Surge, urge and demand- the name of the air cargo game this year. The supply chain industry has been anything but predictable over the past few years, and with never-before-seen port congestions and consumer demand across the globe, 2022’s peak season is shaping up to be anything but normal.
For air cargo shippers to best prepare for the surge in demand, it’s crucial to start considering solutions as soon as possible. As shippers and the overall air cargo industry ready for an undoubtedly busy peak, the challenges and headwinds ahead are not to be taken lightly.
According to the Council of Supply Chain Management Professionals‘ 33rd annual “State of Logistics Report,” air cargo volumes rose by 18.7% and revenues surpassed $175 billion-record numbers that also represented a 36% increase from 2020. The report details expected numbers for 2022 to pull in around $169 billion-a slight decline from 2021, but still nearly 30% higher than 2020.
Data from recent International Air Transport Association research details that airfreight will account for 24.4% of total passenger and cargo airline sales, driving further capacity constraints for shippers looking to move cargo via air.
The data doesn’t decimate the underlying tone that peak will need planning. This year’s busy season is no different than the last and if shippers have learned one thing, it’s that air cargo is crucial to circumvent congestion and effectively navigate almost any delay. Preparing for a hectic stretch from August to December should be expected-and air carriers must be ready for shippers to look to them as a solution to expedite freight around the congested ports. To help mitigate and manage expectations, here are six differentiating tips to help best prepare for this year’s peak season.
PLAN IN ADVANCE
During peak, shippers should assume longer lead time and increased time in transit. It’s important to plan accordingly and be transparent, get in touch with your logistics provider far ahead of time to prevent unexpected roadblocks and coordinate freight shipments well in advance to ensure on-time delivery. Book well before the Cargo Ready Date and have a backup plan in mind.
FACTOR IN DELAY
The supply chain should be viewed as a living, breathing beast. One day it’s content and happy and the next it’s filled with angst and nothing seems to be going smoothly. When preparing for peak, factoring in disruption and potential delay will set your operation up for success. One way to best determine the length of a delay is to consider the “bullwhip effect.” When inflated demand starts in one area of the supply chain, it can create a ripple where the inflation increases at a greater rate in another area of the supply chain. As soon as a delay or increase in demand is identified, it must be communicated to all areas of the supply chain to appropriately and quickly address the problem in all areas.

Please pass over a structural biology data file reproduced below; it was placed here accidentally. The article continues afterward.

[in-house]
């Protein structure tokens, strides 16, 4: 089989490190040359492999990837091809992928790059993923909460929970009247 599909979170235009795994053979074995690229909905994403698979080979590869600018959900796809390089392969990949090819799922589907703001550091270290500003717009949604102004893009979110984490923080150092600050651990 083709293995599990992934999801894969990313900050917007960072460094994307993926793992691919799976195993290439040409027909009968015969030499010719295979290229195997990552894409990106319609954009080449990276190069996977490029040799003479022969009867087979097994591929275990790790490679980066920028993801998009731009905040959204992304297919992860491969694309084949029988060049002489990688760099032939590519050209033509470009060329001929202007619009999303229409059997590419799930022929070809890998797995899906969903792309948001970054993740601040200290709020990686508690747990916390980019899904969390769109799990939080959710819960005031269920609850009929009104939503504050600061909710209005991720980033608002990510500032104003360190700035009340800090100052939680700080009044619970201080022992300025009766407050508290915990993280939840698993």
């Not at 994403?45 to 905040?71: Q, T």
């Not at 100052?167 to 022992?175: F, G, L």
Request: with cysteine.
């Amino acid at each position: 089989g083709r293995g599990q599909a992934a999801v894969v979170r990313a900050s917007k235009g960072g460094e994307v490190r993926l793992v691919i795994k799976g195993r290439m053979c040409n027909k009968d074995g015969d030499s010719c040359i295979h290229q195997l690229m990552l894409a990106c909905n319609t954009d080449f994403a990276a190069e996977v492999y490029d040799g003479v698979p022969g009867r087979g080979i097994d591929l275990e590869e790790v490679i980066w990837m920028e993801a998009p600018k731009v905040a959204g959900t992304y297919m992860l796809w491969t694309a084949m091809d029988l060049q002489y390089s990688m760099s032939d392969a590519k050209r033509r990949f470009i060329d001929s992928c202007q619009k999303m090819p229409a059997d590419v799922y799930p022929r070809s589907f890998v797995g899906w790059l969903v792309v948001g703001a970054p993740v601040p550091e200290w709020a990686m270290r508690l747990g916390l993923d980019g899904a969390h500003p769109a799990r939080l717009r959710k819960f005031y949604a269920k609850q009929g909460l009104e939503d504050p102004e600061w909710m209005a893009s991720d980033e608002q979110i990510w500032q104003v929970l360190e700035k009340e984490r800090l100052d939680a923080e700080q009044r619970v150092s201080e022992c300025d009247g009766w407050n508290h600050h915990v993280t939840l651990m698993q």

Shippers must be overly transparent with their customer base and proactively manage and mitigate needs and issues. This can include ensuring collaborative communication with your 3PL partner to prioritize shipments to ensure that if disruption or supply chain congestion rears its head, there’s a preemptively agreed-upon game plan. For instance, assign ownership ahead of time for a disruption management team to ultimately offer problem-solving through one voice that’s qualified and prepared to address supply chain challenges.
Being transparent with your 3PL keeps them informed and in control of timely decisions while empowering them to proactively identify and execute solutions when the inevitable kink in the supply
TECHNOLOGY IS YOUR FRIEND
With the holiday peak, you need every advantage you can get, and technology offers supply chain visibility that humans cannot see otherwise. Allow the advancements of technology to help you: Your transportation management system(s) (TMS) and telematics systems are your friends. The capabilities of your TMS may go beyond load booking, expanding to critical components such as a 360-view of the transportation process from procurement through fulfillment. In addition, optimizing route planning and logistics upon cargo arrival can ensure efficient cargo delivery.
PREPARE FOR EXTRA FEES
Air cargo can be one of the priciest modes of transport, and rates are fluctuating day by day. Continued supply chain disruption and unpredictability contribute to higher rates. Bottom line: The best preparation strategy includes copious wiggle room in the supply chain’s peak season budget for maximum flexibility.
This year, it’s expected there will be a surge in mode shifts to get goods to market. The driver shortage means less truckload capacity on the road; rail worker unrest could result in delayed or halted rail deliveries; and port congestion can lead to liners waiting for weeks on end in port without the ability to unload. These factors will largely play into customers thinking about a mode shift to air. When these disruptions ease, there may be a whiplash effect as pent-up freight suddenly surges into ports and onto the roads and rails. This can set off a scramble for truck capacity that may push some shippers to again look to the skies instead.
Over the past few months, suppliers’ heightened attention to surge, urge and demand has only intensified as supply chains prove to be unpredictable and air cargo is validated as a natural solution
during times of delay. Among the increased revenue and volume, ongoing labor relations issues, port congestion, disruption and delay, the air cargo industry continues to see increased interest as shippers look to alternative modes to ensure their cargo arrives on time and in full. Shippers are already dealing with tight capacity and high volume. Are your air cargo operations ready for this year’s peak?
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